After having worked for us for about three years, I noticed something unusual in his behaviour. He began to confide in me how much he missed his family members and his home town. When I gave him his last monthly pay, he unexpectedly shook both my hands firmly and told me in an emotional tone that I had been a very good employer and he wished he had worked for me much earlier as some of his other employers had not been kind to him. I encouraged him to stay long with us and his excellent work would continue to be rewarded with yearly increases. He thanked me again warmly and waved to me and my wife a couple of times as he rode home on his old bicycle.
That was the last time we saw him as he failed to turn up for work the next two days. We believed he must have been sick and thought nothing more of it. A day later, the Indian man who recommended him to us came and broke the news that Sukumaran had already left Singapore the day before for good as, with his considerable savings from his Singapore earnings, he could afford to buy a coconut plantation in India which would enable his family to live more comfortably. I told the messenger that I was most disappointed that Sukumaran did not even tell me in advance that he was going home so that I could thank him adequately and to wish him well in India. He then disclosed that Sukumaran dared not tell me in advance as he knew full well that I would try my utmost to persuade him to stay on and it would sadden him to say his farewell with a heavier heart. However, he asked his friend to tell me again that he had truly enjoyed working for me and was compelled to leave without saying farewell in advance in the circumstances. He even found a replacement for us who could start work anytime.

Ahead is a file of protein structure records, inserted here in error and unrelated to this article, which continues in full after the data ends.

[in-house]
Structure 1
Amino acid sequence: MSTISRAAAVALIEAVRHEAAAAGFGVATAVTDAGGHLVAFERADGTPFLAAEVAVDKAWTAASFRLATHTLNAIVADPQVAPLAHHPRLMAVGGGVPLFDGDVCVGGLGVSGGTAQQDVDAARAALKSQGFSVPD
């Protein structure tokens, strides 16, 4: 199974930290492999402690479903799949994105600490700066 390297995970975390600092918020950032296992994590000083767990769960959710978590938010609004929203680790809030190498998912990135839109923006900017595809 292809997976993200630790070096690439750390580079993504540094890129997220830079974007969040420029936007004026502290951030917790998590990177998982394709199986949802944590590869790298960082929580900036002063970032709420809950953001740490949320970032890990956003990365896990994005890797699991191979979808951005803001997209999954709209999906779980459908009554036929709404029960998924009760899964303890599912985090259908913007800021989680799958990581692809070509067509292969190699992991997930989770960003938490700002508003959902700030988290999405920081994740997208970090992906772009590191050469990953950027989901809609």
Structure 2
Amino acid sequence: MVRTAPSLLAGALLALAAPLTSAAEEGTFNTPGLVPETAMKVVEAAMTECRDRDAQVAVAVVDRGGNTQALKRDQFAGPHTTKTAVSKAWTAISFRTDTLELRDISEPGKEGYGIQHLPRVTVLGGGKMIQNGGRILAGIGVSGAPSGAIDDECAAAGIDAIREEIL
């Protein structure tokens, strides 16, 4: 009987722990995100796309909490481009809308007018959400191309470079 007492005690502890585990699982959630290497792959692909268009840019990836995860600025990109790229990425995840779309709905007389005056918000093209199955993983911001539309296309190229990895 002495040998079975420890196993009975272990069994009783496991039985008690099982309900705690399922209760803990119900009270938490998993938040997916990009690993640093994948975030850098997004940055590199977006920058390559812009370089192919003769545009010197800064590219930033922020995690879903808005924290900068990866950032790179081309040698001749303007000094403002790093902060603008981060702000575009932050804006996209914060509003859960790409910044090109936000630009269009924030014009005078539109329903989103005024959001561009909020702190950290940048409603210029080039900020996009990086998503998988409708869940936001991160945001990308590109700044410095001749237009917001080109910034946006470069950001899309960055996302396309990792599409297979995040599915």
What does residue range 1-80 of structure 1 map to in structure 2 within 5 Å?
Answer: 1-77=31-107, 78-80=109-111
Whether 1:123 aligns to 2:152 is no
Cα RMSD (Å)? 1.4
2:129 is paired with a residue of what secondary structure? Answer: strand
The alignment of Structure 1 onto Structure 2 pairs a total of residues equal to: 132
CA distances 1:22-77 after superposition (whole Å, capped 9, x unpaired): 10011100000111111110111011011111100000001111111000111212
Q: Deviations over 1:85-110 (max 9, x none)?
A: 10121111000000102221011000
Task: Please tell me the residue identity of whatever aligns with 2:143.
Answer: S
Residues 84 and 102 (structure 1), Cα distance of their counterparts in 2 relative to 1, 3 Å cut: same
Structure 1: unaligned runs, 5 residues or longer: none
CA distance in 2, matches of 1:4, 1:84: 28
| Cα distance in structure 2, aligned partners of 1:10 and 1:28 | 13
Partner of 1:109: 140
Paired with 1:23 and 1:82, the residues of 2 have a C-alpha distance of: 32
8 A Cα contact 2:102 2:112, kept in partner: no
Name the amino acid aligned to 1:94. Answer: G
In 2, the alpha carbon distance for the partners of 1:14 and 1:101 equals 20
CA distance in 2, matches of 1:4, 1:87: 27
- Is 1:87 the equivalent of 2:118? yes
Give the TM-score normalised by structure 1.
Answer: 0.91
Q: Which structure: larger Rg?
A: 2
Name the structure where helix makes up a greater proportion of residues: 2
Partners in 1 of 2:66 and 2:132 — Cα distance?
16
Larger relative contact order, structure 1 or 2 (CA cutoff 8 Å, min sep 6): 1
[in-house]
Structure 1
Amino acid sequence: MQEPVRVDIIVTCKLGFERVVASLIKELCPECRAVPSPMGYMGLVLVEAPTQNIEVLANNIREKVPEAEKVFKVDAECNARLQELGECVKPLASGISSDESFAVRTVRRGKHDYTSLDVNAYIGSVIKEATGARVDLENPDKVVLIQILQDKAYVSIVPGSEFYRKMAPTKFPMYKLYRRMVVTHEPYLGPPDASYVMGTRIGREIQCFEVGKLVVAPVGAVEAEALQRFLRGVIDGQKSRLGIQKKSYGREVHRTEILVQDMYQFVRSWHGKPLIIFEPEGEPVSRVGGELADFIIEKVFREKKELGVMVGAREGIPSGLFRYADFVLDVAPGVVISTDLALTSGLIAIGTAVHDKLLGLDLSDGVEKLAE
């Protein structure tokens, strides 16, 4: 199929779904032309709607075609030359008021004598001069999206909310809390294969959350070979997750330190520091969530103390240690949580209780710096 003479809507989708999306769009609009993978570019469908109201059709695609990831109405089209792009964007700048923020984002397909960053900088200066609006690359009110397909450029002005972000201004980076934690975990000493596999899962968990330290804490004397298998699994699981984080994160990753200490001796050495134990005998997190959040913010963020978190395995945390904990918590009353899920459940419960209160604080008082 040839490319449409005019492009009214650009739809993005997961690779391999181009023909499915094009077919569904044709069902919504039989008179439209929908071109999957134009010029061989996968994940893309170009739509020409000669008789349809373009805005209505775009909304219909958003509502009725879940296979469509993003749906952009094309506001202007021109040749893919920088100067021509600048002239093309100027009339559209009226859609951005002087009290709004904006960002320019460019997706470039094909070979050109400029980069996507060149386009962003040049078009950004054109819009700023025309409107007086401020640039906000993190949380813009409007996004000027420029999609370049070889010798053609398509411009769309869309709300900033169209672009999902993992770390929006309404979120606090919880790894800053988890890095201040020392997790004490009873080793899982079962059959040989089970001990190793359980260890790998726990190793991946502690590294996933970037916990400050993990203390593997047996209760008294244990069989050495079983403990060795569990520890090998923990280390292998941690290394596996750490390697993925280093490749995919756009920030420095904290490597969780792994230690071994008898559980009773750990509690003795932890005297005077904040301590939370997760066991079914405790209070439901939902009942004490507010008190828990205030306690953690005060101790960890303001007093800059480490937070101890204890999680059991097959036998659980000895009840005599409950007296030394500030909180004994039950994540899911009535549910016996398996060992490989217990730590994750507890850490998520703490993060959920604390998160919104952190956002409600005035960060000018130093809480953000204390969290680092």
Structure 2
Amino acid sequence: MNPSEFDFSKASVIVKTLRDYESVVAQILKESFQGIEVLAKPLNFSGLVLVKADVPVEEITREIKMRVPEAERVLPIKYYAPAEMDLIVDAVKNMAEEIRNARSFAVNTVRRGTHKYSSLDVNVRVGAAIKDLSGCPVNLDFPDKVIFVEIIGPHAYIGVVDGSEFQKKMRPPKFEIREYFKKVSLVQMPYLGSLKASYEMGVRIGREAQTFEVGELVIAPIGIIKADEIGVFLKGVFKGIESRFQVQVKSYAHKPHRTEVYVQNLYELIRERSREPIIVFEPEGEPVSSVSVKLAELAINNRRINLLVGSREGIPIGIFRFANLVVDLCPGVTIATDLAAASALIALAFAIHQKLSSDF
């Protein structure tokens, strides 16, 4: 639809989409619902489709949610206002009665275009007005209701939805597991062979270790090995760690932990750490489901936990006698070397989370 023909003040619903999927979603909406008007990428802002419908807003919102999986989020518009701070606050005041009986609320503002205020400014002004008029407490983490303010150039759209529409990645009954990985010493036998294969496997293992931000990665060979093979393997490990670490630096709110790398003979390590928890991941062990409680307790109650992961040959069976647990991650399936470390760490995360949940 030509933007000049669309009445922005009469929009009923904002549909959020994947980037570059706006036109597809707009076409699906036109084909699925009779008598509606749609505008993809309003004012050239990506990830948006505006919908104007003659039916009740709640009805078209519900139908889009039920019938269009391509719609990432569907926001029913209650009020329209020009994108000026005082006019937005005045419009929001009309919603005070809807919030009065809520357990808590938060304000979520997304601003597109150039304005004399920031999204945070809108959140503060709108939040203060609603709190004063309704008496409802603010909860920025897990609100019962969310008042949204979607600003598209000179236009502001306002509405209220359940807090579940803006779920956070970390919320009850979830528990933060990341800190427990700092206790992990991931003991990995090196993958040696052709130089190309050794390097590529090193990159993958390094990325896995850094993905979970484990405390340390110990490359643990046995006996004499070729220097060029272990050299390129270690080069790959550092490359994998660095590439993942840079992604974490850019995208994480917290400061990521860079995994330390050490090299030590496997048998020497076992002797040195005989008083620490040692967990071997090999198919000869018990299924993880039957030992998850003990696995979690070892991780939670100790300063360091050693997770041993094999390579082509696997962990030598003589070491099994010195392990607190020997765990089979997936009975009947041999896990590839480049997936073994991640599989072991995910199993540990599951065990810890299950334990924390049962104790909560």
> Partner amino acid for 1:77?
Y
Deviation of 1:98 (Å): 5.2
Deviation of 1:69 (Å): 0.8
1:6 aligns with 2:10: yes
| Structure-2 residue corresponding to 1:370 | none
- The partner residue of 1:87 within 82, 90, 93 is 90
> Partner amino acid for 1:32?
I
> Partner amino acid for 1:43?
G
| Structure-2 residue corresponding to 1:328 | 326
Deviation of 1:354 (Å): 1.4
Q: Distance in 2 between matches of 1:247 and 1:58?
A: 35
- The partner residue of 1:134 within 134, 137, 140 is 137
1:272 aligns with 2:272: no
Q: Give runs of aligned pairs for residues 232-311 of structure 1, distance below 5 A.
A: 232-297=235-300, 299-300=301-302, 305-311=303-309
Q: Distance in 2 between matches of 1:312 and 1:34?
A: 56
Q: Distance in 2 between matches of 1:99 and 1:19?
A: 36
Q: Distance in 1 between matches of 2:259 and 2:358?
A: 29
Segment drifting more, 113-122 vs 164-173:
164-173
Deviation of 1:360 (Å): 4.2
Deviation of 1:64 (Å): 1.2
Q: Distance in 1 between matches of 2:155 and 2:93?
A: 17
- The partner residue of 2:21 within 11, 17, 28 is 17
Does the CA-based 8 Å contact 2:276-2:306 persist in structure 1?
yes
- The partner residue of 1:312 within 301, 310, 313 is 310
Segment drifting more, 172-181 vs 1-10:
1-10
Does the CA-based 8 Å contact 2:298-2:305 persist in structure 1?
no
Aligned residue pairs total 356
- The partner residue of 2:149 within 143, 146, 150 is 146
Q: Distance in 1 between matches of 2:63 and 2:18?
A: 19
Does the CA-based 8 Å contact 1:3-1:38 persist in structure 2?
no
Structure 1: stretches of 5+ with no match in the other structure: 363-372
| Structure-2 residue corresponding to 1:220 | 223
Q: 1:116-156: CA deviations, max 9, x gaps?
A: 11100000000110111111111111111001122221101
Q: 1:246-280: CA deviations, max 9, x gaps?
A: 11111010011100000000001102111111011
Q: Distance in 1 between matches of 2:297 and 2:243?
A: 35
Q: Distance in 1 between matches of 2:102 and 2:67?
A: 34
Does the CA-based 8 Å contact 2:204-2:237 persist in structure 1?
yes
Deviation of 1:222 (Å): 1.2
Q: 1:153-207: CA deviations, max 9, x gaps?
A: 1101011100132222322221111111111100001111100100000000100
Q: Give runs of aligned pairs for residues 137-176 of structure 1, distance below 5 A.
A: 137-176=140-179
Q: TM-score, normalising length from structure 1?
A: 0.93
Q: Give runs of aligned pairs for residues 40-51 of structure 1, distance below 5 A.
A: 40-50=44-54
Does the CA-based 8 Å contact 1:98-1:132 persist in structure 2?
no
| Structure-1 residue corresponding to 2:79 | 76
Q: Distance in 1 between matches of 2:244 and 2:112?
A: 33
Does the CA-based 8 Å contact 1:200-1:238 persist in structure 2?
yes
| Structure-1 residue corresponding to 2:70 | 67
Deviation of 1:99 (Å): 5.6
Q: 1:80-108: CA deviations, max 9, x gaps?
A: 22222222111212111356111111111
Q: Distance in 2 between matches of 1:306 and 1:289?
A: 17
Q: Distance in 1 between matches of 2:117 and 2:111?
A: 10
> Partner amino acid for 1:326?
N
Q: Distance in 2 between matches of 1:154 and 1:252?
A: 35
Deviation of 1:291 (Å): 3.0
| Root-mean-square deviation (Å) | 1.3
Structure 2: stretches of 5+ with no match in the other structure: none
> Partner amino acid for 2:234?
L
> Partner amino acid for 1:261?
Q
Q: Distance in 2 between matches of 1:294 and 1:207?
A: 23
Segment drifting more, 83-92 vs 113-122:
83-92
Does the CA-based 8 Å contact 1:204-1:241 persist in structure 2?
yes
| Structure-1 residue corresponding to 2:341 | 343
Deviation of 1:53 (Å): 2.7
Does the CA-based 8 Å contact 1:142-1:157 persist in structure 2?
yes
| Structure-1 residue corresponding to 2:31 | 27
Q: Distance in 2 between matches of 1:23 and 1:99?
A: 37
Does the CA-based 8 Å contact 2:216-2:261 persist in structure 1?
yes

To mitigate the loss of Sukumaran’s service, we were very fortunate to have our current Singaporean gardener, Hock Lian, working for us for more than 35 years now, after we have had a number of preceding unsatisfactory replacements in our employ. He first worked as a team of three four days a week. As his team disbanded some years later he continued to work for us alone. He looked after our garden satisfactorily and diligently and we rewarded him accordingly. Many years later, he started to employ foreign Indian workers as more people were engaging him to look after their gardens. He began to raise his charges to cover higher costs of his operation in common with other gardeners. This was raised further in keeping with Singapore’s economic expansion and much higher prevailing cost of living and workers’ wages. He and his team of three now work for us only once a week for about an hour covering the normal routine work. Hock Lian came to us as a young man and is now approaching 60 years old and recently became a grandfather.